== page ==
Post by bobo on Jun 12, 2019 15:20:16 GMT
We have had a few conversations about the stock market in the last few weeks which I tried to keep up with while cycling around Latvia. I thought about the boundless enthusiasm and general concern about S&S during that discussion and I thought I should offer Terry's 7 principles. They are not mine, so don't shout at me, but for those with long memories, some of them chime pretty well with history. I hope it proves of some value to readers.
1 No one can predict market downturns with any useful level of reliability. Forecasts of what may happen in the market are about as reliable as Michael Fish's infamous denial, in the BBC weather forecast on 15 October 1987, that a hurricane was due to hit the UK.
2 However, when one of the repeated warnings proves to be accurate, the forecasters will ignore the fact that if you had followed their advice you would have foregone gains while you waited, given that no one can predict the timing of a bear market accurately. These could have far outweighed subsequent losses.
3 Bull markets do not die of old age, so ignore warnings that begin: "This bull market has gone on for a long time." They usually die from an event, often but not always rising interest rates.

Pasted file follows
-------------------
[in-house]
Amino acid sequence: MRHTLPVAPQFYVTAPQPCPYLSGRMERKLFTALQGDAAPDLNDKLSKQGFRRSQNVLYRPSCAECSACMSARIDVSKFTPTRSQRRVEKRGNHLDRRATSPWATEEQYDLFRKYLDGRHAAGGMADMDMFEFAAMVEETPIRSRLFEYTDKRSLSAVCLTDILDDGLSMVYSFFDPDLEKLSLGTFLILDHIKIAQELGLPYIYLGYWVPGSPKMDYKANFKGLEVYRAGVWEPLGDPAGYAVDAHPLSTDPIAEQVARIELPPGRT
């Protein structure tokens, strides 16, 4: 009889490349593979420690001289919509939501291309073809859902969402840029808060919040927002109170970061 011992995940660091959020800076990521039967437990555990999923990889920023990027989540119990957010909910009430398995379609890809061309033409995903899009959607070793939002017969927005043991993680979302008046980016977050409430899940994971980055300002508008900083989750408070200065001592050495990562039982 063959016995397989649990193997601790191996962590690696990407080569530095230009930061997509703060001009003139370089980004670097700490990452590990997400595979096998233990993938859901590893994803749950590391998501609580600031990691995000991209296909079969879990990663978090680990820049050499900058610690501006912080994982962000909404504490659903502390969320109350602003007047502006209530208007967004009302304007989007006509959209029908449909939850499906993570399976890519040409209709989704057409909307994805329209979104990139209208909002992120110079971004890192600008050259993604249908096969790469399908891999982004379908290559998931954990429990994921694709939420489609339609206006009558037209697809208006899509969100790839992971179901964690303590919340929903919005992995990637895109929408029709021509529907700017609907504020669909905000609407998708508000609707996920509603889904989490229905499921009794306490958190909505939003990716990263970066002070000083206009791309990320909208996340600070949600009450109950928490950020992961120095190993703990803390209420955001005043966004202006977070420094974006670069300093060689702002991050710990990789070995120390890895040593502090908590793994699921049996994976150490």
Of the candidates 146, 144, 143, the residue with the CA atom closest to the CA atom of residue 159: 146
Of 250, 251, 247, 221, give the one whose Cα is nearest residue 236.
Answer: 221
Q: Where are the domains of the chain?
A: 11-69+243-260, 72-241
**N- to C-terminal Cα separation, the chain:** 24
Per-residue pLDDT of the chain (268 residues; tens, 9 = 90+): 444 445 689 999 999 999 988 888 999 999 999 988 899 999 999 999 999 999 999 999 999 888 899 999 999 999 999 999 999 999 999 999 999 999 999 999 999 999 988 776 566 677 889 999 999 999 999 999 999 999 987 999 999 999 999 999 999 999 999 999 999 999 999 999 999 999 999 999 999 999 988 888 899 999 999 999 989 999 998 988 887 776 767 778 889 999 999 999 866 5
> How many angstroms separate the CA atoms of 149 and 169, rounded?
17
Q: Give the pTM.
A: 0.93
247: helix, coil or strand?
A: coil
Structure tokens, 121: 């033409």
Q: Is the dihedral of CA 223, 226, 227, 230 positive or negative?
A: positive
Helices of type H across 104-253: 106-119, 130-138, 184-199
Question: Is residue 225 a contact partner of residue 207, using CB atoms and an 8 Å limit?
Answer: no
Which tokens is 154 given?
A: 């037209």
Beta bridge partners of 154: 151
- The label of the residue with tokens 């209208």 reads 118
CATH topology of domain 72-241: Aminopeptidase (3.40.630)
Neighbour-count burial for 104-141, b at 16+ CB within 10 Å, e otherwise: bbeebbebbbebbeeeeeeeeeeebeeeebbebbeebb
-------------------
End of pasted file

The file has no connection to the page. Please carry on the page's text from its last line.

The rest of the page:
4 Bull markets climb a wall of worry. The troubling events you can readily see unfolding are rarely the cause of a bear market. For example, Alan Greenspan had already described the market as irrationally exuberant in 1996, and the Asian crisis of 1997 and Russian default and LTCM collapse in 1998 looked scary – but they made the Fed hesitate to raise rates, and that in turn gave the bull market a new leg, which lasted until 2000. Maybe the possible trade war with China could have a similar effect.
5 Bull markets do not broaden with age: they narrow. The current bull market began in 2009 when shares rose indiscriminately. After 2014 emerging markets stopped rising. Then the US took the lead. Then the technology sector in the US. Then just the big-hitting FAANGs. The idea that in the late stages of a bull market investors can make gains or protect themselves by switching into the stocks that have lagged flies in the face of history.
6 As for buying so-called value stocks, this is best done after the bear market has struck, not before. If you approached any of the famous value investors and suggested they buy some of the assorted stocks in the FTSE 100 index on a price/earnings (PE) of 15 times as a value play, they would laugh at you. Real value plays, when they emerge in a bear market, involve buying stocks with a yield almost as high as the PE. For example, at the end of 2000 Imperial Tobacco was on a PE ratio of 8.1 times and had a yield of 6.25%.
7 A bear market will occur at some point, but the best stance is to ignore it since you can't predict it or position yourself to avoid it.